Learning without a standardized test

Every year, I embark on a new trajectory with my magical class called Spanish 4 Honors.  This class has the potential to be a Spanish teacher’s dream – I have no set curriculum to cover; I can create high level creative and critical lessons based on literature, history, culture, linguistics, music, theatre, whatever I want.  Some of my students are Hispanic, some are not, some came out of bilingual immersion programs, some are classified as gifted, some are classified as needed special ed accomodations, some are both.  Most of the students are motivated academically, many are highly aware of their grades, some are really interested in learning Spanish.

However, within the freedom of my lovely fourth year Honors classes, I still find little time for actual authentic practice, thoughtful teacher feedback, and truly hands-on practical or creative experiences. (There are 35 students in each of my two classes this year – regular good feedback is not really possible).

The one part of the class structure that is more creative, authentic and student inspired is the project we call “Español en la Calle”, in which students choose four individual or partner projects throughout the year.  They choose the activity that they would like to do from a long list of ideas.  Students can volunteer in the community reading to young students learning English; they can read a book in Spanish; they can attend a cultural, musical or theatrical event pertaining to the Hispanic world; they can go to a church service in Spanish; they can eat dinner at the house of one of their Hispanic classmates (as long as they help clean up afterwards and write a thank you note to the family); they can interview an elder in their family or community that speaks Spanish and came as an immigrant to the US; they can compose a song; they can copy a work of art by a Hispanic artist; they can perform a musical piece; they can attend a dance class; they can research a topic that interests them; etc., etc., etc.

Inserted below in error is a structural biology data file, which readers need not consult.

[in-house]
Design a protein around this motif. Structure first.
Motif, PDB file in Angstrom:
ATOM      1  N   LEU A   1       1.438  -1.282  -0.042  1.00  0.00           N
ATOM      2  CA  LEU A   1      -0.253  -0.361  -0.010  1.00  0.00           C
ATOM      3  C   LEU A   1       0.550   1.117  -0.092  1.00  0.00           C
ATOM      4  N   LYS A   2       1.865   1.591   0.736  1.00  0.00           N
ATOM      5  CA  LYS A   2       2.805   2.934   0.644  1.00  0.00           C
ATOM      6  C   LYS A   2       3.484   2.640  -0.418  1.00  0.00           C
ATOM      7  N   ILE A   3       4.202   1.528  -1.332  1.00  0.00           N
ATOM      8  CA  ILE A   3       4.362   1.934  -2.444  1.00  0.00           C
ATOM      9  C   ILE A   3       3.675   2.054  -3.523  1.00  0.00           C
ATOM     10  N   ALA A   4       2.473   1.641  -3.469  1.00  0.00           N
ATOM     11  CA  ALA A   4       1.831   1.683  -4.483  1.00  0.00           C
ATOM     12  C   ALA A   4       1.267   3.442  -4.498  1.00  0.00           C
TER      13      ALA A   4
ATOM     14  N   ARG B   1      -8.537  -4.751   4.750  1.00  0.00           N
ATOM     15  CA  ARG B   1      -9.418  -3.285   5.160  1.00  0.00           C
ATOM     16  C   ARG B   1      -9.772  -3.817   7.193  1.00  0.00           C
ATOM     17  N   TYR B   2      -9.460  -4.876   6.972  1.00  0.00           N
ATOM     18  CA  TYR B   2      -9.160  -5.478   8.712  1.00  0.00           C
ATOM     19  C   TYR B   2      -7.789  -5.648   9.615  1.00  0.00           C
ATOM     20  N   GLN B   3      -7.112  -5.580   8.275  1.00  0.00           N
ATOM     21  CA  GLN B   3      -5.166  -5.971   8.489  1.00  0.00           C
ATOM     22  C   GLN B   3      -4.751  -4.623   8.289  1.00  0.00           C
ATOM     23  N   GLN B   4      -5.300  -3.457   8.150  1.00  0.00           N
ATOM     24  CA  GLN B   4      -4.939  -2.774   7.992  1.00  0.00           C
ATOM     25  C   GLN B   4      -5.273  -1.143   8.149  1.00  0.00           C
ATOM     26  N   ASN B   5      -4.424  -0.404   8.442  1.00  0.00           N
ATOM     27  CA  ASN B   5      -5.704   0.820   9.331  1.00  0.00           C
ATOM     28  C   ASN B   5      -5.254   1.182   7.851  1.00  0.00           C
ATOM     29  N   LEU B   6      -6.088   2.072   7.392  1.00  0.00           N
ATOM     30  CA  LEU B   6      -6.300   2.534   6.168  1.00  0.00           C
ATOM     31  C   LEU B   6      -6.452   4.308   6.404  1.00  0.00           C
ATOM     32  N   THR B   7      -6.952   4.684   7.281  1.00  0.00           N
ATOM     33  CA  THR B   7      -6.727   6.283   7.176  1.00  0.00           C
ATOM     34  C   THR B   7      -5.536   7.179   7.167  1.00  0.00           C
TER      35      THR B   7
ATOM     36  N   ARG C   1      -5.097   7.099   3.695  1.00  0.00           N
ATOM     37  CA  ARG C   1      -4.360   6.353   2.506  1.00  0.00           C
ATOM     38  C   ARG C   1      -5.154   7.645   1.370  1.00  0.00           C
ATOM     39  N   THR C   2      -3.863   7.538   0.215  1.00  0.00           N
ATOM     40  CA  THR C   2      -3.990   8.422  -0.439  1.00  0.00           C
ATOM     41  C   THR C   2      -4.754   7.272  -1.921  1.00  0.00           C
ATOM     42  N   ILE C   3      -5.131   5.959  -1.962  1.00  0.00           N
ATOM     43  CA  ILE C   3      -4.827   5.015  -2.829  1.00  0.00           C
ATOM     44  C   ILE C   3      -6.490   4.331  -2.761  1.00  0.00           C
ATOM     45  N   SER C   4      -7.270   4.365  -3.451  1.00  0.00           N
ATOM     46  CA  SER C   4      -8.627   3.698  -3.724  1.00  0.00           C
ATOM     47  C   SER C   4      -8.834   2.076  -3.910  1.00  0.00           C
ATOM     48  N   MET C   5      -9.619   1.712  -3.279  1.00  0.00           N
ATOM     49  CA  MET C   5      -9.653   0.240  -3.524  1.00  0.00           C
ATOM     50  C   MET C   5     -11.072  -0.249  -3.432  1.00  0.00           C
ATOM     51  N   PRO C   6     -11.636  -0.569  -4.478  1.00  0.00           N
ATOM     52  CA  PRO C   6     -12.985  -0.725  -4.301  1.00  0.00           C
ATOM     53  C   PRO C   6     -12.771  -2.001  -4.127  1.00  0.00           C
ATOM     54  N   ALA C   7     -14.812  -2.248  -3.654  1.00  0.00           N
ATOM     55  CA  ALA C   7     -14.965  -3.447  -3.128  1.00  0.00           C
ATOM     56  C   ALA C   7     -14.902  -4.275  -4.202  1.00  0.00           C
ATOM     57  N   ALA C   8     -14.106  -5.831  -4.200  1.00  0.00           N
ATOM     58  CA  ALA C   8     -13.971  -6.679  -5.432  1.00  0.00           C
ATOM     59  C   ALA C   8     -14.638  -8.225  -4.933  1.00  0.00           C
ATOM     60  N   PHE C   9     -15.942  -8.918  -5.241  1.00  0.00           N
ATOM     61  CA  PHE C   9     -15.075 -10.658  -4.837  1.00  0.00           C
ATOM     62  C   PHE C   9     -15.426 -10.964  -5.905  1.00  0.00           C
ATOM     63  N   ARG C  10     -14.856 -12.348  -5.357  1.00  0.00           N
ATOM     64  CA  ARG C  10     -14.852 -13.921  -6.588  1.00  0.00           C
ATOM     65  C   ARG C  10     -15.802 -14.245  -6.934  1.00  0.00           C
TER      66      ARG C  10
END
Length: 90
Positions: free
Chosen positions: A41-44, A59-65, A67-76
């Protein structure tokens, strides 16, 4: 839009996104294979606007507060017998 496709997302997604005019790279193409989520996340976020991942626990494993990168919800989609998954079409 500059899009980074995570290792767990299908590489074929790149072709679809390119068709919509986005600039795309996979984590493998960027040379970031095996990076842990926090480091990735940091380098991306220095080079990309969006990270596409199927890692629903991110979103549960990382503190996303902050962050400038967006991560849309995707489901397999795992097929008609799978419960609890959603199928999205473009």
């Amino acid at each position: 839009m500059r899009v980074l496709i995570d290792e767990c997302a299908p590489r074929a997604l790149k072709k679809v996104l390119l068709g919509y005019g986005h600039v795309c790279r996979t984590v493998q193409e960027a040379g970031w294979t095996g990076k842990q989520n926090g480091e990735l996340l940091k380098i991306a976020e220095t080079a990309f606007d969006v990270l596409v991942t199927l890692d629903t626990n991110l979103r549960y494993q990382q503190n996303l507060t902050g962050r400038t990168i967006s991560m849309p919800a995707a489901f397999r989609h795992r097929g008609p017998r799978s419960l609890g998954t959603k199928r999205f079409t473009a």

This year I decided that all of my students would do their first project as a classroom community building activity.  Each “familia” in the class (seating groups of 4 students that have to work with each other for six weeks in class) would have to do their first outside project together.  Many of them opted to have dinner at someone’s house and collectively talk to grandma in Spanish; many of them opted to go to a Catholic church service together and meet their classmates’ church community; and many of them opted to go to a local Guatemalan or Peruvian restaurant and talk to the waitstaff in Spanish (and ask them questions about their home countries).  I was pleased by how many of the groups managed to work well together, and to find the time to embark on an adventure together.

However, one group stands out in my mind  –  one group decided to create a puppet show based on the story of Rupunzel.  They made sock puppets, painted a tower, and wrote a script.  They then practiced their skit several times and performed it today in class.  I could not believe the dedication and the work that went into their project; and they all seemed to have a great deal of fun together.  The four students are each from a different background: Mexico, Peru, India and the Phillipines.  The Mexican boy and the Indian girl are the outstanding brainiacs of the class, who always make deeply analytical comments on every topic we discuss and write about in class; and yet, watching them make their puppet play took a different kind of work – a communal spirit, an openness to the creative process, intense collaboration and delegation of time and tasks.

I love my Spanish 4 Honors class because I can more easily let curricular time “slip away” and indulge students in projects like these without feeling the burden of an AP test at the end of the year, or a Standardized test coming our way.

I imagine that this is the way school should feel a little bit more of the time for all students in all subjects.

Maestra Malinche

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